“Often the police refuse to even register cases – such as rape – when the victim is a Dalit.” -Meenakshi Ganguly, Human Rights Watch

This is not an isolated event either. Oftentimes, police try to settle matters without registering a case if the victim is from the Dalit community. Even when they do, the chargesheet for the case is so weak that the perpetrator gets away with a minimal sentence from the court.

The indifference of law enforcement agencies and the involvement of elected officials in crimes against people of the oppressed groups further fuel the impunity among the privileged groups. This is a common phenomenon in every oppressive system. Every time a white cop kills an unarmed person of color, White people justify the abuse against people of color. Every time a sexual predator walks free due to a lack of ‘evidence,’ men gain confidence in physically violating woman, ignoring their boundaries. It is this impunity that makes sure that the oppressed group cannot rise from the dehumanization.

Casteism is ‘Dead’ in Nepal?

All forms of caste-based discrimination have been legally abolished for years. According to the law, it is illegal for a person to discriminate against anyone based on caste. The latest constitution of Nepal (released five years ago) even makes a provision to include at least one Dalit in every local political entity. These recent developments have many members of the privileged group consider casteism as an issue of the past. But that is the nature of privilege: it is invisible to the one benefitting from it.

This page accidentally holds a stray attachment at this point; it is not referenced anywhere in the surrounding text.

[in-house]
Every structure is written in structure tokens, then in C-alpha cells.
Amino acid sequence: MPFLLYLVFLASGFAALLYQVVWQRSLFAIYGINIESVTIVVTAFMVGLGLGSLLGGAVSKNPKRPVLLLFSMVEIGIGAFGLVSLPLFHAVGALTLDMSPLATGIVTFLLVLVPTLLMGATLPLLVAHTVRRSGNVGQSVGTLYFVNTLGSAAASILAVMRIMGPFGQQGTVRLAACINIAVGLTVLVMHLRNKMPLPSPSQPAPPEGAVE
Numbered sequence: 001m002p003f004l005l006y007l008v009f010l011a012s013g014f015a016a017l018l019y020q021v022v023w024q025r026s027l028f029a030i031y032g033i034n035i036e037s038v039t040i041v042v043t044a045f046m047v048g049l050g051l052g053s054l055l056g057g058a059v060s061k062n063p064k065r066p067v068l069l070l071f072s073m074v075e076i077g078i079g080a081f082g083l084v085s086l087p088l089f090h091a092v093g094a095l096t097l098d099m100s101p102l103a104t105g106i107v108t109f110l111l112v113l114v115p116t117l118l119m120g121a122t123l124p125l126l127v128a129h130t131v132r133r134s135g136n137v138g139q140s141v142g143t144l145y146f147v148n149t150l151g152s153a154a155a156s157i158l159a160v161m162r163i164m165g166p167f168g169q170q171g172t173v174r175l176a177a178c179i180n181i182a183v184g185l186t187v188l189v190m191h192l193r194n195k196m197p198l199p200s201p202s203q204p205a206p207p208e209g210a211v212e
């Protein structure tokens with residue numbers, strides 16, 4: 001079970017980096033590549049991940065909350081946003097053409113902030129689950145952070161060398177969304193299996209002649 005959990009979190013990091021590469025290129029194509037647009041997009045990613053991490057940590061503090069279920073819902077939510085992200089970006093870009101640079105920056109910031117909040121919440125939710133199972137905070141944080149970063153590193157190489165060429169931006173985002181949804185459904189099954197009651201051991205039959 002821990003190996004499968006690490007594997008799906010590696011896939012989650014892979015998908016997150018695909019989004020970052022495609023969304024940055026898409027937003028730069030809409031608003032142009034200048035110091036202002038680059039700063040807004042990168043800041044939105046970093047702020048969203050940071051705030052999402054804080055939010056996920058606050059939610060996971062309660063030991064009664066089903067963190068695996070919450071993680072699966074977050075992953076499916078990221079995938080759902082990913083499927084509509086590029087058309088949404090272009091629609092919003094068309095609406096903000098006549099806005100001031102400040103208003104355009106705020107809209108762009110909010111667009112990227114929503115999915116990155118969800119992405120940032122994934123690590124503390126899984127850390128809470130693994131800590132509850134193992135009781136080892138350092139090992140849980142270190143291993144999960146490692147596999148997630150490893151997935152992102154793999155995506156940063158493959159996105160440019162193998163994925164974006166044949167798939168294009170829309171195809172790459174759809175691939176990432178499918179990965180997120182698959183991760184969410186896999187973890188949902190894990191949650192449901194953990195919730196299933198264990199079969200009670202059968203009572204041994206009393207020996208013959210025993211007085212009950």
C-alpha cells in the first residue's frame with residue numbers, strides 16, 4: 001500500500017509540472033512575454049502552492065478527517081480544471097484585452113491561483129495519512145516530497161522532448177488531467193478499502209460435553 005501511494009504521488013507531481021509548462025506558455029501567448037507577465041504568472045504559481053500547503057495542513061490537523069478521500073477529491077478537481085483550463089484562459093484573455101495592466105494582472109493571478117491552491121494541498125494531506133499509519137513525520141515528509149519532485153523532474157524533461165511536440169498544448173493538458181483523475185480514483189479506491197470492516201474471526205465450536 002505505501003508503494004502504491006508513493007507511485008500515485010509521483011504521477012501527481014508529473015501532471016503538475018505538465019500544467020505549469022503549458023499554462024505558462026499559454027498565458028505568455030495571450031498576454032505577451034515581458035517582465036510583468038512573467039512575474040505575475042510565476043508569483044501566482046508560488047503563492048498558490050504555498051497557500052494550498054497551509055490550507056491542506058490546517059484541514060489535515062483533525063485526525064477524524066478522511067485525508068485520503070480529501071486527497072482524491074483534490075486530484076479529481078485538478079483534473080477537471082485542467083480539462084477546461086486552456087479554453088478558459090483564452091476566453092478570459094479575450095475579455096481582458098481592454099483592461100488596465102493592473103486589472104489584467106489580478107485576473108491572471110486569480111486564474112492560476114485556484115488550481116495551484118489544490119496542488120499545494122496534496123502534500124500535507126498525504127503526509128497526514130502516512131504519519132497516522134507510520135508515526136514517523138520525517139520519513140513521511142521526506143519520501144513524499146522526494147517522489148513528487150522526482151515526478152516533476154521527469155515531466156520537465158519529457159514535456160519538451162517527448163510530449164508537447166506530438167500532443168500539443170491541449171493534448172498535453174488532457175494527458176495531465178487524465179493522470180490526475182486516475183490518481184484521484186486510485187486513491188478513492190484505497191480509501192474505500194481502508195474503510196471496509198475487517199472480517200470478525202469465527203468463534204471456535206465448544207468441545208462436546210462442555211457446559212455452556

But the caste system still has a stronghold in the Nepalese society. In fact, an elected political representative was beaten to death by two of her neighbors. Her crime: she touched the common water source. In a society where an elected representative (who holds more power than an average person of her community) could be beaten to death, what level of violence could be inflicted upon other members of her community?

Within the nine years since the law was passed against caste-based discrimination, a total of seventeen Dalits have died within the country, who probably would have been alive had they been a member of a “higher” caste.

Systemic casteism is rampant. It is evident in the power differential that is still present. A power differential that was borne out of historical oppression of one group of people over another. It is evident in the police administration’s refusal to register cases where the victims are Dalit. This makes it easier for perpetrators to target Dalit victims. It is evident in the basic civil rights that have been denied to Dalits. It shows that despite the laws banning it, the concept of pollution associated with one group of people is still strong, at least among ‘higher’-caste individuals.